Figure 5
Figure 5
This figure shows simultaneous occurrence of respiratory sinus arrhythmia (magenta plot) and cardiorespiratory phase synchronization (blue circles). During synchronization, heartbeats occur more frequently during particular respiratory phases: here, three heartbeats take place during one respiratory cycle (dots in the blue circles; based on Bartsch et al., 2012).
Figure 6
Figure 6
The amplitude of respiratory sinus arrhythmia is distinctly a function of respiratory rate, and is most pronounced at ~5 respiratory cycles per minute (black squares). In contrast, the mean duration of episodes with phase synchronization exhibits no dependency on respiratory rate (red circles; based on Bartsch et al., 2012).
Figure 7
Figure 7
This figure shows examples of cardiorespiratory coordination during and after apnea events. The upper plot shows a so-called coordigram where the cardiorespiratory coordination is characterized by red horizontal strips. The black bars below display the detected episodes of coordination. For comparison, the second color-coded plot is the related synchrogram where again red horizontal strips characterize cardiorespiratory phase synchronization. As in the plot above, the black bars at the bottom display the detected periods of phase synchronization. The third plot shows the associated alterations of beat-to-beat intervals, with the characteristic cyclical variations that are triggered by apnea events. The fourth plot shows the associated signal for abdominal respiratory movement, with the characteristic pattern of consecutive obstructive apnea events (marked by horizontal red bars).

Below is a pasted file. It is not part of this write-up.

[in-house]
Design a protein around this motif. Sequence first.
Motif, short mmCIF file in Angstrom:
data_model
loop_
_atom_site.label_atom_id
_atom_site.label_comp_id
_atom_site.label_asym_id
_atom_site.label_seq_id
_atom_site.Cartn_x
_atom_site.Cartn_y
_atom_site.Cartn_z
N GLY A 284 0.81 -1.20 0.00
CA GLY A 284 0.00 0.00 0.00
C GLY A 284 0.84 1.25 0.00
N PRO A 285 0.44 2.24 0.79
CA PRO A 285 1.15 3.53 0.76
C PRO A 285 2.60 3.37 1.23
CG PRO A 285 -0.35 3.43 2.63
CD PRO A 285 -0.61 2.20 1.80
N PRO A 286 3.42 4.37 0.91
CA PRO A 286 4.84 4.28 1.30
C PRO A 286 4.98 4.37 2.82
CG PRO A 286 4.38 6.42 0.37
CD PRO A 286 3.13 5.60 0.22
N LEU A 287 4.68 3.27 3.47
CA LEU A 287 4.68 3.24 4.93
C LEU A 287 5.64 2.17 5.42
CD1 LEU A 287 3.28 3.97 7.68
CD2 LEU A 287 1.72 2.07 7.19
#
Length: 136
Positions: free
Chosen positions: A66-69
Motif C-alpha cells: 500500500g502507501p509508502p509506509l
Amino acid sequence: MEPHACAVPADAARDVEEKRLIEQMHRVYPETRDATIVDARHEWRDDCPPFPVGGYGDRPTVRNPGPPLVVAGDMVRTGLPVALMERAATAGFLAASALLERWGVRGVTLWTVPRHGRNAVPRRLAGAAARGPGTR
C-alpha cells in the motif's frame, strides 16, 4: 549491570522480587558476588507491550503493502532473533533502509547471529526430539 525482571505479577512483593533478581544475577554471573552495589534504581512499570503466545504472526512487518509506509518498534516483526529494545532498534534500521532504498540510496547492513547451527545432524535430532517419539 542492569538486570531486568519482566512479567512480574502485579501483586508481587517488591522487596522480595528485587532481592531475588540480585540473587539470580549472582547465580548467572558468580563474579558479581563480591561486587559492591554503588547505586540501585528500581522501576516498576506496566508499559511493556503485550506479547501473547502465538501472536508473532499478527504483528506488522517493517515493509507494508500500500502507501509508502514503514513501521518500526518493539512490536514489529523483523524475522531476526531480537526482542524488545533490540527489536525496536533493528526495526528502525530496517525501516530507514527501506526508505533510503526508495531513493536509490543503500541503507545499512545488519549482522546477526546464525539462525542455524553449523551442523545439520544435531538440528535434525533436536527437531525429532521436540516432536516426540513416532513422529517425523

Figure 8
Figure 8
This figure depicts the spectrogram of heart rate for a patient with heart failure and Cheyne-Stokes breathing. The study took place in 2014 at the Interdisciplinary Sleep Medicine Center, Charité Universitätsmedizin Berlin, with application of the M1 device that records ECG, heart rate, respiration calculated by EDR, snoring, and body position. The plot results from an analysis of heart-rate variability: top signal, with marking corresponding to the dominance of high-frequency coupling (HFC), low-frequency coupling (LFC), and very low-frequency coupling (vLFC). The figure also shows an approximation of sleep stages: second signal block from the top with marking of REM, stable non-REM (shown as Stb. NR), unstable non-REM (shown as Uns. NR), and wake stages (shown as Wake). The plots at the bottom show the spectrograms of cardiorespiratory coupling (see main text), indicators for body position (up for upright, left, prone, right, and supine), the intensity of actigraphy (Act), and snoring events (Snore). This evaluation distinctly reveals impaired sleep.